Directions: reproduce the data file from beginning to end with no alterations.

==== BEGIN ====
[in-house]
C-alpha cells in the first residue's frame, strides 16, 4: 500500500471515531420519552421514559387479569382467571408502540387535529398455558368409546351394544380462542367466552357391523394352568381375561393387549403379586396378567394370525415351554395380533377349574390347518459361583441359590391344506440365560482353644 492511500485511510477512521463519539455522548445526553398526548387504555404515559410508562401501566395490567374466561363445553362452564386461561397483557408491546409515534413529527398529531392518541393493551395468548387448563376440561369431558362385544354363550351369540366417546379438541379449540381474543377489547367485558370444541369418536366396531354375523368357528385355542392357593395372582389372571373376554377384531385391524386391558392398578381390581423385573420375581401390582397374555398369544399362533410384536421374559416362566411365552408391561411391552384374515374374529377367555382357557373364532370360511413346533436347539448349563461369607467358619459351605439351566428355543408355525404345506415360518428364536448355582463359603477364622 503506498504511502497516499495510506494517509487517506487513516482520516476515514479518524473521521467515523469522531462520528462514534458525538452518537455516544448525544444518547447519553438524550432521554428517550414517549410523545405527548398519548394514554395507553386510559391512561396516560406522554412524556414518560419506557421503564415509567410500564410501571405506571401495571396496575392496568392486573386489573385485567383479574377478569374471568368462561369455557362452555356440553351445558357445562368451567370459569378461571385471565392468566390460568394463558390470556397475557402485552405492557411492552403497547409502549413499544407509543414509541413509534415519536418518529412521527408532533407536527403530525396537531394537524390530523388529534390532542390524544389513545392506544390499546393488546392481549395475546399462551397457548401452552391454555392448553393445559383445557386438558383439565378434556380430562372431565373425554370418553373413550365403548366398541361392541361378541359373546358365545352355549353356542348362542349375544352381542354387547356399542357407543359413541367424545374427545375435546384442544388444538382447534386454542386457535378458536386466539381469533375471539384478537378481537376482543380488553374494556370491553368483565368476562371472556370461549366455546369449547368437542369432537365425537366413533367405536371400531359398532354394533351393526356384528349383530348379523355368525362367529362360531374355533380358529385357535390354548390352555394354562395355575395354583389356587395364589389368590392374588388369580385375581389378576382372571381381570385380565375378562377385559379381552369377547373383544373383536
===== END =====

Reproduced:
[in-house]
C-alpha cells in the first residue's frame, strides 16, 4: 500500500471515531420519552421514559387479569382467571408502540387535529398455558368409546351394544380462542367466552357391523394352568381375561393387549403379586396378567394370525415351554395380533377349574390347518459361583441359590391344506440365560482353644 492511500485511510477512521463519539455522548445526553398526548387504555404515559410508562401501566395490567374466561363445553362452564386461561397483557408491546409515534413529527398529531392518541393493551395468548387448563376440561369431558362385544354363550351369540366417546379438541379449540381474543377489547367485558370444541369418536366396531354375523368357528385355542392357593395372582389372571373376554377384531385391524386391558392398578381390581423385573420375581401390582397374555398369544399362533410384536421374559416362566411365552408391561411391552384374515374374529377367555382357557373364532370360511413346533436347539448349563461369607467358619459351605439351566428355543408355525404345506415360518428364536448355582463359603477364622 503506498504511502497516499495510506494517509487517506487513516482520516476515514479518524473521521467515523469522531462520528462514534458525538452518537455516544448525544444518547447519553438524550432521554428517550414517549410523545405527548398519548394514554395507553386510559391512561396516560406522554412524556414518560419506557421503564415509567410500564410501571405506571401495571396496575392496568392486573386489573385485567383479574377478569374471568368462561369455557362452555356440553351445558357445562368451567370459569378461571385471565392468566390460568394463558390470556397475557402485552405492557411492552403497547409502549413499544407509543414509541413509534415519536418518529412521527408532533407536527403530525396537531394537524390530523388529534390532542390524544389513545392506544390499546393488546392481549395475546399462551397457548401452552391454555392448553393445559383445557386438558383439565378434556380430562372431565373425554370418553373413550365403548366398541361392541361378541359373546358365545352355549353356542348362542349375544352381542354387547356399542357407543359413541367424545374427545375435546384442544388444538382447534386454542386457535378458536386466539381469533375471539384478537378481537376482543380488553374494556370491553368483565368476562371472556370461549366455546369449547368437542369432537365425537366413533367405536371400531359398532354394533351393526356384528349383530348379523355368525362367529362360531374355533380358529385357535390354548390352555394354562395355575395354583389356587395364589389368590392374588388369580385375581389378576382372571381381570385380565375378562377385559379381552369377547373383544373383536